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Gulfsands Stops Paying Assad’s Cousin After Syria Sanctions

Aug. 24 (Bloomberg) -- Gulfsands Petroleum Plc, a U.K. oil explorer working in Syria, suspended payments to a cousin of the country’s President Bashar al-Assad as Europe imposed sanctions on the regime after a state crackdown that has killed thousands.

The explorer, operating in Syria since 2000, also suspended Rami Makhlouf’s voting rights, it said in a statement today.

Makhlouf, owner of 5.75 percent of Gulfsands via Al Mashrek Global Invest, is one of 13 Syrian officials subject to European Union sanctions including a visa ban and asset freeze. In 2008, he was accused by the U.S. Treasury Department of using access to “high-level” government officials to enrich himself.

Faced with the most serious threat to his family’s 40-year rule, Assad has deployed tanks, artillery and helicopters to crush an uprising that began after revolts ousted the leaders of Tunisia and Egypt and sparked a conflict in Libya. More than 2,200 people have been killed during the crackdown, UN High Commissioner for Human Rights Navi Pillay said yesterday.

“Our commercial relationships with various Makhlouf interests have at all times been conducted with propriety and in accordance with pertinent laws and regulations,” Andrew West, the chairman of London-based Gulfsands, said in the statement.

‘Constructive’ Relationship

The company described its relationships with the interests of Makhlouf in the past as “constructive” and said it is “fully compliant” with U.S. and EU sanctions against Syria. Its main operation in the nation isn’t affected by the uprising.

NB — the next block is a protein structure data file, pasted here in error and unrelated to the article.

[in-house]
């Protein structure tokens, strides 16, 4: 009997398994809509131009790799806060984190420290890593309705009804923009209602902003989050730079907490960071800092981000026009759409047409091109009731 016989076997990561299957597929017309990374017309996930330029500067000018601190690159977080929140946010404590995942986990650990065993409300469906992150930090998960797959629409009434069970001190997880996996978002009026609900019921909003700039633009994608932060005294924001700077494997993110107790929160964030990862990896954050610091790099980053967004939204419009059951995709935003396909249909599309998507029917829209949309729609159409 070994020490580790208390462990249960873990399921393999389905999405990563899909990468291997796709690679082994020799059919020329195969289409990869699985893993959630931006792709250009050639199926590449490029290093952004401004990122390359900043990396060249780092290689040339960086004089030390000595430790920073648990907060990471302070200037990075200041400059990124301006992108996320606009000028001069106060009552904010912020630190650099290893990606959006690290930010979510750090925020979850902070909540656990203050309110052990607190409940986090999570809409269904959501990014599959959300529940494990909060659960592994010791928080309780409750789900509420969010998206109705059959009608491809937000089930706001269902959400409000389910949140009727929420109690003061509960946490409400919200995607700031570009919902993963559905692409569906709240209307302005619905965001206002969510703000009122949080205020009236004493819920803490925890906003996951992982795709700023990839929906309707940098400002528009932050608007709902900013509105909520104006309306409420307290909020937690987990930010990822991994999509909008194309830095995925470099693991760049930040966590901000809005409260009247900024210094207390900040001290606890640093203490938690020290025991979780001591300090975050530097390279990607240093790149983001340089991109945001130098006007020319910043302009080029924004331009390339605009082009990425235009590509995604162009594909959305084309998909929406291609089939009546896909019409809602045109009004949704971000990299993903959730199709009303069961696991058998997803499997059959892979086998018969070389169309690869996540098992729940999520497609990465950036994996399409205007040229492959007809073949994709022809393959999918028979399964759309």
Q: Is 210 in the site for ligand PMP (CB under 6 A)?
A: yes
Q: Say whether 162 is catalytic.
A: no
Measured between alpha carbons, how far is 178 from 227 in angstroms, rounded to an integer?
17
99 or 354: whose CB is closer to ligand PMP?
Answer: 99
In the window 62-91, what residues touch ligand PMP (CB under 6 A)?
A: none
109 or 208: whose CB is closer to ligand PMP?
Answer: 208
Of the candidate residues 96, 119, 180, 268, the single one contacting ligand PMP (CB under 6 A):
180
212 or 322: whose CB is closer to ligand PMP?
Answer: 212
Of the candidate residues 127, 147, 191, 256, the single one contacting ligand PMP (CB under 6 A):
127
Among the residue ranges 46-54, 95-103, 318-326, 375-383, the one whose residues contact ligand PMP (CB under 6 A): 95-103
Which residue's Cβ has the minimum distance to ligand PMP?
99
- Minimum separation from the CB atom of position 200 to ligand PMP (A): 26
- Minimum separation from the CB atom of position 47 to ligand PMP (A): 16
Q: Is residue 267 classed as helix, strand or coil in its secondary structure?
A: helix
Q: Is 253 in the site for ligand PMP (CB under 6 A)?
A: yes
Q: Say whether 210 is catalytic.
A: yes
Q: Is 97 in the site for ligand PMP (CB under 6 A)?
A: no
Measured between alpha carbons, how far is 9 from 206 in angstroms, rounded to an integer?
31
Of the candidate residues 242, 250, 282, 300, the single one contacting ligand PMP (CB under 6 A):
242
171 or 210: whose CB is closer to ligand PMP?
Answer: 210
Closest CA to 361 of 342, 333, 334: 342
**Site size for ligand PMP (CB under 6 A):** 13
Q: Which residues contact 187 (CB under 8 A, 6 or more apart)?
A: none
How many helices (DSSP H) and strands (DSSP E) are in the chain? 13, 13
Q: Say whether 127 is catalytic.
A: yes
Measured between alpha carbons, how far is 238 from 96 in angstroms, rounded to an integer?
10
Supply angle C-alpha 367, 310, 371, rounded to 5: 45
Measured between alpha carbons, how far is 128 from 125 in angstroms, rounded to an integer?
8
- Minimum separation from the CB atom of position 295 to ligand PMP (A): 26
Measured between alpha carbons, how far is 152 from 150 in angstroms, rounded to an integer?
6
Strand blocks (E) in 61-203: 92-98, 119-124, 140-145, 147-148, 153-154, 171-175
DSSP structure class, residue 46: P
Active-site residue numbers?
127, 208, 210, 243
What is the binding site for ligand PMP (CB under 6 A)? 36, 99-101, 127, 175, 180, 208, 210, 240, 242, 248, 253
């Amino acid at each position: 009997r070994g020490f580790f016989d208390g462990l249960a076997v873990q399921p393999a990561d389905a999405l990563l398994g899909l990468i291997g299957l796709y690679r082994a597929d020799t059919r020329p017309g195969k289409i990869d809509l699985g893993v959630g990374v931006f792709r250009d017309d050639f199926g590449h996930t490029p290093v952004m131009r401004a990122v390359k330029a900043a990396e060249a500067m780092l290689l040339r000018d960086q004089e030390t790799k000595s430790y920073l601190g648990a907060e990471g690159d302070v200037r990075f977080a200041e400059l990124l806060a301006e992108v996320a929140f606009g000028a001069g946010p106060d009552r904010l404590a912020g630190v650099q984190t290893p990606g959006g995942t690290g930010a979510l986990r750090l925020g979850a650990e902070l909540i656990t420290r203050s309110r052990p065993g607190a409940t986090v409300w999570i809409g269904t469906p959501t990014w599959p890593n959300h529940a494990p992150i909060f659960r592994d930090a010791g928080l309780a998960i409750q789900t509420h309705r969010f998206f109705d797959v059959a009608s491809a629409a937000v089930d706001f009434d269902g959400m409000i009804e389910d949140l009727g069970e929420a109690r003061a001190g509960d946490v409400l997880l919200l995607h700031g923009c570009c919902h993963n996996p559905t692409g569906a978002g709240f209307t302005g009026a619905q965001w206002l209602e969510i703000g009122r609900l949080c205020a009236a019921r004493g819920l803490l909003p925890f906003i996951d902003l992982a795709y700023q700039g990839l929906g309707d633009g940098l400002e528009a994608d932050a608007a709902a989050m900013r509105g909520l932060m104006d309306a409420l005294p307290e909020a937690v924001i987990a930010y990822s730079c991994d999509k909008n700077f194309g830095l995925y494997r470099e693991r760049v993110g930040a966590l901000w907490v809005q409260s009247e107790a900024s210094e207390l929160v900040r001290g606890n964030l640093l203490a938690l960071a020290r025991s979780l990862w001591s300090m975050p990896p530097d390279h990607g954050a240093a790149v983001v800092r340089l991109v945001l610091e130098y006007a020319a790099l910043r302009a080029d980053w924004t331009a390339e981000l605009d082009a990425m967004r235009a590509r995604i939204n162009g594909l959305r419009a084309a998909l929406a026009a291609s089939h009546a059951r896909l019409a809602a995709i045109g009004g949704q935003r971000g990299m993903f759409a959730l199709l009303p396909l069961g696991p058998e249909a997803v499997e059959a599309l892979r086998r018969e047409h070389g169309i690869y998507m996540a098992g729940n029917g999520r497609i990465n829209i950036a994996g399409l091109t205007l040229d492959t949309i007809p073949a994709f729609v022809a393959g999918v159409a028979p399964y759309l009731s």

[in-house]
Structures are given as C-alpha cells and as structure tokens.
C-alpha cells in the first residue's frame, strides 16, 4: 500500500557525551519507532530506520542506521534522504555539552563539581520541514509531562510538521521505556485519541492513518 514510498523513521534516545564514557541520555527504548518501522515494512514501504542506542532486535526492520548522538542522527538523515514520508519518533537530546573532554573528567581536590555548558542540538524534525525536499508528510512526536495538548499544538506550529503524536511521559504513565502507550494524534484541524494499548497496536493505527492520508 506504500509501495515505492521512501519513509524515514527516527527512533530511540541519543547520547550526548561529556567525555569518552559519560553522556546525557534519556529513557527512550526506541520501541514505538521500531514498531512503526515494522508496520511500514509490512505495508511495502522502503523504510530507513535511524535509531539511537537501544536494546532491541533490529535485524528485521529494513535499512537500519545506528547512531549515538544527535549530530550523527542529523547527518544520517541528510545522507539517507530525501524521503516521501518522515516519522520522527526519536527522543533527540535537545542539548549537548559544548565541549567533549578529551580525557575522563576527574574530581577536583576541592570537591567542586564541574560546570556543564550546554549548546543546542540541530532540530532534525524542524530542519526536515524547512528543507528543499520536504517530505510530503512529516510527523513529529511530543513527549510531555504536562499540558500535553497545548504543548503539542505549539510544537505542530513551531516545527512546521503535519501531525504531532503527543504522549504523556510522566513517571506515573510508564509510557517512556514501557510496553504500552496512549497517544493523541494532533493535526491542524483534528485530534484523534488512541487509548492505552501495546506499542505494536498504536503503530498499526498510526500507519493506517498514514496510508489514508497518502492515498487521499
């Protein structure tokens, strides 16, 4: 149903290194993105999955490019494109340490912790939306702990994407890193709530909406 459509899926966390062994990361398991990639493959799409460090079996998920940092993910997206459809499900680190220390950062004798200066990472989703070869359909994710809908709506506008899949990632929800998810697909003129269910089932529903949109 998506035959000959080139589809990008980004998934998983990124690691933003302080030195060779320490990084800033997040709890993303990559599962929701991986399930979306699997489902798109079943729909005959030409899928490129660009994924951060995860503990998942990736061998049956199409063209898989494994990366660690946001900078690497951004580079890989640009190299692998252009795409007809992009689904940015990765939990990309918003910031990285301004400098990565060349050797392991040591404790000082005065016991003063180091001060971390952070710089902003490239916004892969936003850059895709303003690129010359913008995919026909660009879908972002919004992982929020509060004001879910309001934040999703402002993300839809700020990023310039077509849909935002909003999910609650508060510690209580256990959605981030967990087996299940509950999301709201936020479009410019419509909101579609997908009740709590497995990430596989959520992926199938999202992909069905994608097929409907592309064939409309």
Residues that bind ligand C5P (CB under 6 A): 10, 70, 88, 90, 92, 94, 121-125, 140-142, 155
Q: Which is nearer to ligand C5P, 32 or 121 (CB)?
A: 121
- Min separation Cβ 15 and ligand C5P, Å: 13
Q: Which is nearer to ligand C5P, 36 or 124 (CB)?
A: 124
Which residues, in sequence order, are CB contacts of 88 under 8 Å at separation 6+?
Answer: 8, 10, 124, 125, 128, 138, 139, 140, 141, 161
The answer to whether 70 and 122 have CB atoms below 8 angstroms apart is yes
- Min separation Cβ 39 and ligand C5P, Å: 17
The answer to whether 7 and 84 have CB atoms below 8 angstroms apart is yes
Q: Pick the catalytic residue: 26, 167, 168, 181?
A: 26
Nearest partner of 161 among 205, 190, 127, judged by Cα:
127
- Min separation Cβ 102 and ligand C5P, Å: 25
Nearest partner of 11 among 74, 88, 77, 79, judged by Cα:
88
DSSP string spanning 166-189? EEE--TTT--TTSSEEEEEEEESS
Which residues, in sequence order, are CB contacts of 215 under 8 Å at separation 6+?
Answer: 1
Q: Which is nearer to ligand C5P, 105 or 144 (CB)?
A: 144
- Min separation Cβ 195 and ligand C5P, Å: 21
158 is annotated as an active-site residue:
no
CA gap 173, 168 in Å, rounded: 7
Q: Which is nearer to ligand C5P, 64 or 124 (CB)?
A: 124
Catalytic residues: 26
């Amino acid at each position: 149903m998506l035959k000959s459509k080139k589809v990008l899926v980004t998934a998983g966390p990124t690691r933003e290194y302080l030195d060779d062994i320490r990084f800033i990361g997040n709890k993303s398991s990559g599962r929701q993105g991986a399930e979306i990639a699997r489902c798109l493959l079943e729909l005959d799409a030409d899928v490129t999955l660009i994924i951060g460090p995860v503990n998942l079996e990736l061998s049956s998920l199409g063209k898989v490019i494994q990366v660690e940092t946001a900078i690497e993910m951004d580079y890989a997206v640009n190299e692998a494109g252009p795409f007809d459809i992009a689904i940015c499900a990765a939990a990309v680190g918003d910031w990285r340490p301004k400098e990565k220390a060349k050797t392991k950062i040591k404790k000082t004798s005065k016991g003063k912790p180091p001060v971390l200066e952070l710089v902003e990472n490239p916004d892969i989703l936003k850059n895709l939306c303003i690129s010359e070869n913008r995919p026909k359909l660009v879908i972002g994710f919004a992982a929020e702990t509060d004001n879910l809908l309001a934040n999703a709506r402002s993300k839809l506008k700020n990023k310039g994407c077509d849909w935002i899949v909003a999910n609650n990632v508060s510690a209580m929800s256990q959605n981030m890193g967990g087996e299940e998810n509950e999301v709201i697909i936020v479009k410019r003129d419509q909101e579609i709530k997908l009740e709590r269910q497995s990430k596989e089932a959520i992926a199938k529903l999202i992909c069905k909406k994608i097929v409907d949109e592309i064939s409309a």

The U.S., U.K. and France circulated a draft resolution to UN Security Council members yesterday seeking to freeze foreign assets held by Assad, his brother Maher and 21 senior government officials. The EU expanded an asset freeze and travel ban on Syrian leaders and is working to prevent imports of crude oil.

U.S. President Barack Obama, together with U.K. Prime Minister David Cameron, French President Nicolas Sarkozy, German Chancellor Angela Merkel and EU foreign policy chief Catherine Ashton, issued a statement on Aug. 18 saying Assad should leave and let Syrians chart their own political future.

To contact the reporter on this story: Kari Lundgren in London at klundgren2@bloomberg.net

To contact the editor responsible for this story: Will Kennedy at wkennedy3@bloomberg.net

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